June 27, 2002 -- It seems that for every social problem there is a leader who is called to action. For those of us in the disability community, Justin W. Dart, Jr., was the major leader for civil rights and social justice. Dart, 71, passed away on June 22 and people across the nation are in the process of remembering and celebrating his life of leadership and accomplishment.

Dart, who characteristically wore cowboy boots and hat, has been called "The Father of the Americans with Disability Act," and "The Godfather of the Disability Rights Movement." Senator Tom Harkin, Iowa Democrat, called Dart "The Abraham Lincoln of the disability community." His leadership was instrumental in passage of the ADA in 1990. His advocacy for disabled peooke spanned many years and was filled with triumphs -- and some disappointments.

Some have remarkeded that Dart was a Democrat-turned-Republican-turned Democrat but his political leanings are not important. Justin Dart, Sr. was a political conservative and an early supporter of Ronald Reagan. Perhaps as a result of his father's political ties, Dart was appointed as Commissioner of Rehabilitation Services in the Education Department in 1986. He didn't last very long in that position because he grew tired of the government's "paternalistic attitudes about disability." He resigned in 1987.

Perhaps Dart was discouraged by his government experience. Indeed the government's "paternalistic attitudes about disability" are a longstanding injustice that has been well documented. I know what I am talking about because, like Dart, I experienced it firsthand.

In 1993, I was denied an assignment to the Foreign Service due to the fact that my daughter had corrective heart surgery at birth. (She is now a happy and healthy 13-year-old.) The government's smothering paternalistic discrimination would have kept me out of the Foreign Service had it not been for Dart's visionary work on the ADA and the amended federal Rehabilitation Act of 1973. In 1996, after spending more than $1 million to defend their position, the government appointed me to the Foreign Service.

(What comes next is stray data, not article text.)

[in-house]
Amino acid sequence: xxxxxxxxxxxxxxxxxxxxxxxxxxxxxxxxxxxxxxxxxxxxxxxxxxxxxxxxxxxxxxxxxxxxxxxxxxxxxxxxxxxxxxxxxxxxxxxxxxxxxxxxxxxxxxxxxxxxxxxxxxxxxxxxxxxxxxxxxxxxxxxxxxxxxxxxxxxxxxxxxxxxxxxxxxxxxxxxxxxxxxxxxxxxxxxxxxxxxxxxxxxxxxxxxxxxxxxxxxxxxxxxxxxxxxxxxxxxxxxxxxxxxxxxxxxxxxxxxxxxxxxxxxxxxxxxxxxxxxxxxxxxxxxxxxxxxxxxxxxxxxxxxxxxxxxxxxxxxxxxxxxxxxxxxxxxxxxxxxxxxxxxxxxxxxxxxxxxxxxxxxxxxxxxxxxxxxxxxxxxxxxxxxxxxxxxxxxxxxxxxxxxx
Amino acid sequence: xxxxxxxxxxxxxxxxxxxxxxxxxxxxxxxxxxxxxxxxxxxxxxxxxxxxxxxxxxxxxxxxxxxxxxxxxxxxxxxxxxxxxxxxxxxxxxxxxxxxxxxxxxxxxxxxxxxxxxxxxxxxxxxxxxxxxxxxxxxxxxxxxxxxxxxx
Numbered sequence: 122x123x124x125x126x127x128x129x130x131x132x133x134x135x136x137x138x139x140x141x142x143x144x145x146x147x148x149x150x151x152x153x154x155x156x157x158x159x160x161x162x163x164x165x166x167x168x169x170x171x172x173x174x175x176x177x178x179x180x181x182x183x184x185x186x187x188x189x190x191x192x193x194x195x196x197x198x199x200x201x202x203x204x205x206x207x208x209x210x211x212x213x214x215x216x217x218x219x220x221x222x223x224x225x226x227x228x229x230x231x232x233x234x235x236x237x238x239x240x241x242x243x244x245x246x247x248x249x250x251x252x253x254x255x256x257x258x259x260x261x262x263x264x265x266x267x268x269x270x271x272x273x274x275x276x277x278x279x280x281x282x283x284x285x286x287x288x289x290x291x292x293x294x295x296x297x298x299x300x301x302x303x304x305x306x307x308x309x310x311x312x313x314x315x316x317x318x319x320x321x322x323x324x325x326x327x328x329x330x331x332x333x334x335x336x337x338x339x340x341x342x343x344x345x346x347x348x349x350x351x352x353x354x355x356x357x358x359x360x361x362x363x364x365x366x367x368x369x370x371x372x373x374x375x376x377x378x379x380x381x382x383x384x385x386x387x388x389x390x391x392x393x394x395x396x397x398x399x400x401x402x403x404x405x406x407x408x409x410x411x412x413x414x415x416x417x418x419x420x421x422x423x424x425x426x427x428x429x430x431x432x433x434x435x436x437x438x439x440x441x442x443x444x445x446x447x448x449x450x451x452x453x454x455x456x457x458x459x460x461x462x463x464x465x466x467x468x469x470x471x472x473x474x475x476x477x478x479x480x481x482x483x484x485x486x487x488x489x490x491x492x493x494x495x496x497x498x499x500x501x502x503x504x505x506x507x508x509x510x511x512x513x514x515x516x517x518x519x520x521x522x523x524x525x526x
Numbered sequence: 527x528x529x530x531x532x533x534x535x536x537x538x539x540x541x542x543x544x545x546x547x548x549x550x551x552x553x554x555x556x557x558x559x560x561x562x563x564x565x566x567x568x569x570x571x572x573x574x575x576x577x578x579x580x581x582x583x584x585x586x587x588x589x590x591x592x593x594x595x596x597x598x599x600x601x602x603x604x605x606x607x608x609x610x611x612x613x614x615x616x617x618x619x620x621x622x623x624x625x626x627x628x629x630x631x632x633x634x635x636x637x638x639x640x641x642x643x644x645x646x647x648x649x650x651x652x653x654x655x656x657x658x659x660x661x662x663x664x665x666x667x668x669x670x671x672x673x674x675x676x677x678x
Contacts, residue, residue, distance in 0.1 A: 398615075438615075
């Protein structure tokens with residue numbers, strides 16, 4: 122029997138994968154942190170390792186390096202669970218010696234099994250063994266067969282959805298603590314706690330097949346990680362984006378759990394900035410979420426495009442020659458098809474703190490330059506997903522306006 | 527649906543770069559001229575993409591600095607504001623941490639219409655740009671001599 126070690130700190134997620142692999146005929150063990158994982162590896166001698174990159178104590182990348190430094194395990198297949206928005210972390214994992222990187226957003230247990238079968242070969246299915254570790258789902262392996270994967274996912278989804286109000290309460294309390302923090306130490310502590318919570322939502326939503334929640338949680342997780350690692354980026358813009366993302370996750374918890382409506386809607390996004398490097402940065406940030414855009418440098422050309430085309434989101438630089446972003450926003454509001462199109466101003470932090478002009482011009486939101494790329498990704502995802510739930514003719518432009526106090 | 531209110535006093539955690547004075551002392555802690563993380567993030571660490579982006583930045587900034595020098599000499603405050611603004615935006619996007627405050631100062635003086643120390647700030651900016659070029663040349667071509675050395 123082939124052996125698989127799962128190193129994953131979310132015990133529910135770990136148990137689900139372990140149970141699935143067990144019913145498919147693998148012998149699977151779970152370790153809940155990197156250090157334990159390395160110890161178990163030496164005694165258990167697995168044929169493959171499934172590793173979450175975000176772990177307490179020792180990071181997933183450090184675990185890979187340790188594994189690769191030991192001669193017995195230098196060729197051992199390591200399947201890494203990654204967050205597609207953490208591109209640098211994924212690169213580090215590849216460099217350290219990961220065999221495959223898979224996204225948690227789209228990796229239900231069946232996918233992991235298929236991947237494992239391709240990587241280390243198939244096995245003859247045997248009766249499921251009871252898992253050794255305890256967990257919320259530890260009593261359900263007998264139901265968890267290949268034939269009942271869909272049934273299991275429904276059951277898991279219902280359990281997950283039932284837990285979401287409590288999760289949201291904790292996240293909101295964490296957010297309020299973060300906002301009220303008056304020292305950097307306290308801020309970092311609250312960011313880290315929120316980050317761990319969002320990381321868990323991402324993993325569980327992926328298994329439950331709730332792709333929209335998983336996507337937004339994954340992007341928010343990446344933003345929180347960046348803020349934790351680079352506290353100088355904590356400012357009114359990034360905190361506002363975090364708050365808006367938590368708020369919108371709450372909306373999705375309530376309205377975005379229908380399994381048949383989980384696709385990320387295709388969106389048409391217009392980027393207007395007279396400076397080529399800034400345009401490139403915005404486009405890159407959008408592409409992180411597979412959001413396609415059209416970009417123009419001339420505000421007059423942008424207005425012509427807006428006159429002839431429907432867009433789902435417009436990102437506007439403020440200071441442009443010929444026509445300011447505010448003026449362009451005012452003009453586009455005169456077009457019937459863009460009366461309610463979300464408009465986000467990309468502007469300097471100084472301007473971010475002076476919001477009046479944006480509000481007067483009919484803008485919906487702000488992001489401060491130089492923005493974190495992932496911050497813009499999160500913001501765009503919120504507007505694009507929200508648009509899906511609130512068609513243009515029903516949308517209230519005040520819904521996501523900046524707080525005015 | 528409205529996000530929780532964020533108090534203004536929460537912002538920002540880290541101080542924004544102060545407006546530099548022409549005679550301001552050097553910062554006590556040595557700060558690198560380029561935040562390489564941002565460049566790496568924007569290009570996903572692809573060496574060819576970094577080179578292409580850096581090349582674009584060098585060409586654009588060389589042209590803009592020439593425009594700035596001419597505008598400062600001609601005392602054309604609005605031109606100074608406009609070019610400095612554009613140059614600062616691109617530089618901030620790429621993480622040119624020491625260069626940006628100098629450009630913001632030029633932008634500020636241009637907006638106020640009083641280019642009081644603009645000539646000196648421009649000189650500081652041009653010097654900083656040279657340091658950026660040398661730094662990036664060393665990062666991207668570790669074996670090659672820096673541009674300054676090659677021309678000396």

In a way, I am a recipient of Dart's bold leadership as well as his sweat, tears, triumphs and disappointments. Dart returned to government in 1989 to head the President's Committee on Employment of People with Disabilities. In this position, Dart urged business leaders to comply with the civil rights legislation for the disabled. Many business leaders did so; others insisted on expensive legal battles that they ultimately lost either in court or in public opinion. Dart left the Committee in 1993.

I first learned of Dart in Joe Shapiro's 1992 book No Pity. During my dispute with the government, I attended many events where Dart and his wife were in attendance. One time, I met Mr. and Mrs. Dart at an Arlington, Virginia, fundraiser for Virginia Lt. Gov. candidate John Hager, also a wheelchair user. I jokingly asked Dart why a Democrat like him would be supporting Mr. Hager, a Republican. He said he didn't see any problems in supporting Mr. Hager and that he was proud to have been a Republican for Bill Clinton in 1992. I supposed he wanted me to know that he had not totally abandoned the Republican Party. Although we disagreed on Clinton, I admired his dedication to his work.

There were many other events, rallies, and marches, where I had the opportunity to see Dart in action. He never disappointed anyone. He was a born leader. I am proud that I had a chance to see the leadership that earned him the Presidential Medal of Freedom, the nation's highest civilian honor, in 1998. He well deserved the medal, which he characteristically shared with disabled friends.

I last saw Dart at the American Association of People with Disabilities Leadership Gala in February. It was a cold evening and Dart was wrapped in a wool blanket that covered his legs and chest. There were hundreds of people at the event and Dart arrived just before the event began, perhaps to avoid the crowd. I recall that he seemed tired yet interested in the people who stopped to chat with him. During the event, the master of ceremonies mentioned that Justin was in attendance and the audience gave its rousing applause. Justin realized the appreciation, admiration, and, yes, the love of the audience. As if there had been any doubt.

Many words will be written about Justin W. Dart, Jr., and let not the least of them be that he was a good and honorable man who made a difference in the lives of many. He saw a better society for the disabled and worked hard to get us there. We must continue to work to make Dart's vision a reality. Yes, he was a good and honorable man.

Posted June 28, 2002

James Patterson is a Washington, DC-based freelance writer and advocate. He can be reached at JPatterson40@Compuserve.com